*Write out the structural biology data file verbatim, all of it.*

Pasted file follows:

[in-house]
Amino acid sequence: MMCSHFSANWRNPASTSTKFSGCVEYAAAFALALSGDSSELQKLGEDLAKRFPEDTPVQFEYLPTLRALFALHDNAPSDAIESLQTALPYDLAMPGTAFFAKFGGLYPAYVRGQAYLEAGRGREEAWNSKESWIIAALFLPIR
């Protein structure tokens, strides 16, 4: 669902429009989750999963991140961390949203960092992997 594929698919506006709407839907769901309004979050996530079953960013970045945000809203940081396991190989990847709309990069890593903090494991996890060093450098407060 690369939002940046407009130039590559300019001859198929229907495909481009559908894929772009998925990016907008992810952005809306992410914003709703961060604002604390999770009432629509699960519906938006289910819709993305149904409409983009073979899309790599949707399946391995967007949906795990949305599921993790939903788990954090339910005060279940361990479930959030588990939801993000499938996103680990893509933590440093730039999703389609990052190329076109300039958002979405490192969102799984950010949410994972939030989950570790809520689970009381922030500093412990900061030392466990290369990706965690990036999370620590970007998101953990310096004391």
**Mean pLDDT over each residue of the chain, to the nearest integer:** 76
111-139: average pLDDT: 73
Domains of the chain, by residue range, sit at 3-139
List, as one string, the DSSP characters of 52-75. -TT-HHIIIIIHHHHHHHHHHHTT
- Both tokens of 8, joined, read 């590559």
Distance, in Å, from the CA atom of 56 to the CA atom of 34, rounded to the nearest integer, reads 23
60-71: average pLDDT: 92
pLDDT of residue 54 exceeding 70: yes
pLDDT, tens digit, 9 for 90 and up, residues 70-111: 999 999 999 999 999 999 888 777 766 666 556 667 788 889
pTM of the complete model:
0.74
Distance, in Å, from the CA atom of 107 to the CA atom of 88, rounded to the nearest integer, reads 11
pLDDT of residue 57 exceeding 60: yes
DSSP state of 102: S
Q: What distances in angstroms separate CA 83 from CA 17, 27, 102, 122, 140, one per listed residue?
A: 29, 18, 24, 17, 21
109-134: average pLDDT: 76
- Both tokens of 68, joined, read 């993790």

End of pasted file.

[in-house]
Amino acid sequence: MMCSHFSANWRNPASTSTKFSGCVEYAAAFALALSGDSSELQKLGEDLAKRFPEDTPVQFEYLPTLRALFALHDNAPSDAIESLQTALPYDLAMPGTAFFAKFGGLYPAYVRGQAYLEAGRGREEAWNSKESWIIAALFLPIR
């Protein structure tokens, strides 16, 4: 669902429009989750999963991140961390949203960092992997 594929698919506006709407839907769901309004979050996530079953960013970045945000809203940081396991190989990847709309990069890593903090494991996890060093450098407060 690369939002940046407009130039590559300019001859198929229907495909481009559908894929772009998925990016907008992810952005809306992410914003709703961060604002604390999770009432629509699960519906938006289910819709993305149904409409983009073979899309790599949707399946391995967007949906795990949305599921993790939903788990954090339910005060279940361990479930959030588990939801993000499938996103680990893509933590440093730039999703389609990052190329076109300039958002979405490192969102799984950010949410994972939030989950570790809520689970009381922030500093412990900061030392466990290369990706965690990036999370620590970007998101953990310096004391």
**Mean pLDDT over each residue of the chain, to the nearest integer:** 76
111-139: average pLDDT: 73
Domains of the chain, by residue range, sit at 3-139
List, as one string, the DSSP characters of 52-75. -TT-HHIIIIIHHHHHHHHHHHTT
- Both tokens of 8, joined, read 């590559």
Distance, in Å, from the CA atom of 56 to the CA atom of 34, rounded to the nearest integer, reads 23
60-71: average pLDDT: 92
pLDDT of residue 54 exceeding 70: yes
pLDDT, tens digit, 9 for 90 and up, residues 70-111: 999 999 999 999 999 999 888 777 766 666 556 667 788 889
pTM of the complete model:
0.74
Distance, in Å, from the CA atom of 107 to the CA atom of 88, rounded to the nearest integer, reads 11
pLDDT of residue 57 exceeding 60: yes
DSSP state of 102: S
Q: What distances in angstroms separate CA 83 from CA 17, 27, 102, 122, 140, one per listed residue?
A: 29, 18, 24, 17, 21
109-134: average pLDDT: 76
- Both tokens of 68, joined, read 């993790």